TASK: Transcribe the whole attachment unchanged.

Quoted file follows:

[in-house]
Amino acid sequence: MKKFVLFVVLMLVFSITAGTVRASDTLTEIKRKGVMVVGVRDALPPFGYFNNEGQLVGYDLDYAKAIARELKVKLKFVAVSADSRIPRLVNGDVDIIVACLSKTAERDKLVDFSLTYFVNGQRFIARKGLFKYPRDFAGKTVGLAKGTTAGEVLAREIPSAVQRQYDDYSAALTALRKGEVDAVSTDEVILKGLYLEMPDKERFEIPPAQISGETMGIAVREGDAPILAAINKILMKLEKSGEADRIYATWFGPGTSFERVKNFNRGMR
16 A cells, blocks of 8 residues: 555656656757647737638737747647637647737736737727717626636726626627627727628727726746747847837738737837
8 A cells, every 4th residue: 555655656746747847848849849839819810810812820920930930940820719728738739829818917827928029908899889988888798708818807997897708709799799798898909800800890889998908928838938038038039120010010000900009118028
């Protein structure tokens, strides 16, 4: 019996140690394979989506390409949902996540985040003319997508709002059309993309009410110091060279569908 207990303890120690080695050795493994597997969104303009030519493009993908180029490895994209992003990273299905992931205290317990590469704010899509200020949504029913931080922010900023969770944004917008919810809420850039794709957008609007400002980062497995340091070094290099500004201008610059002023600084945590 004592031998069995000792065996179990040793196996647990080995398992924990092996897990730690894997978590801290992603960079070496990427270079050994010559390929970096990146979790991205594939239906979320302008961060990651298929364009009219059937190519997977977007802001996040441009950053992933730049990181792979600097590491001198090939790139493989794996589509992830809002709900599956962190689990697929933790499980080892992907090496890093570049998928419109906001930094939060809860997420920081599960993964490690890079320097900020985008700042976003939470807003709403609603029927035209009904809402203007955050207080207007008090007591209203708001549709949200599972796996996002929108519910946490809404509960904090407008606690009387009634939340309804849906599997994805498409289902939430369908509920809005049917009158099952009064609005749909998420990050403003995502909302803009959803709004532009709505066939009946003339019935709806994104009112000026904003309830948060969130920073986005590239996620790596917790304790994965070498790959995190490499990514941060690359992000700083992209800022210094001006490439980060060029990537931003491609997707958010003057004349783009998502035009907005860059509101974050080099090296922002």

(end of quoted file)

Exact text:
[in-house]
Amino acid sequence: MKKFVLFVVLMLVFSITAGTVRASDTLTEIKRKGVMVVGVRDALPPFGYFNNEGQLVGYDLDYAKAIARELKVKLKFVAVSADSRIPRLVNGDVDIIVACLSKTAERDKLVDFSLTYFVNGQRFIARKGLFKYPRDFAGKTVGLAKGTTAGEVLAREIPSAVQRQYDDYSAALTALRKGEVDAVSTDEVILKGLYLEMPDKERFEIPPAQISGETMGIAVREGDAPILAAINKILMKLEKSGEADRIYATWFGPGTSFERVKNFNRGMR
16 A cells, blocks of 8 residues: 555656656757647737638737747647637647737736737727717626636726626627627727628727726746747847837738737837
8 A cells, every 4th residue: 555655656746747847848849849839819810810812820920930930940820719728738739829818917827928029908899889988888798708818807997897708709799799798898909800800890889998908928838938038038039120010010000900009118028
């Protein structure tokens, strides 16, 4: 019996140690394979989506390409949902996540985040003319997508709002059309993309009410110091060279569908 207990303890120690080695050795493994597997969104303009030519493009993908180029490895994209992003990273299905992931205290317990590469704010899509200020949504029913931080922010900023969770944004917008919810809420850039794709957008609007400002980062497995340091070094290099500004201008610059002023600084945590 004592031998069995000792065996179990040793196996647990080995398992924990092996897990730690894997978590801290992603960079070496990427270079050994010559390929970096990146979790991205594939239906979320302008961060990651298929364009009219059937190519997977977007802001996040441009950053992933730049990181792979600097590491001198090939790139493989794996589509992830809002709900599956962190689990697929933790499980080892992907090496890093570049998928419109906001930094939060809860997420920081599960993964490690890079320097900020985008700042976003939470807003709403609603029927035209009904809402203007955050207080207007008090007591209203708001549709949200599972796996996002929108519910946490809404509960904090407008606690009387009634939340309804849906599997994805498409289902939430369908509920809005049917009158099952009064609005749909998420990050403003995502909302803009959803709004532009709505066939009946003339019935709806994104009112000026904003309830948060969130920073986005590239996620790596917790304790994965070498790959995190490499990514941060690359992000700083992209800022210094001006490439980060060029990537931003491609997707958010003057004349783009998502035009907005860059509101974050080099090296922002």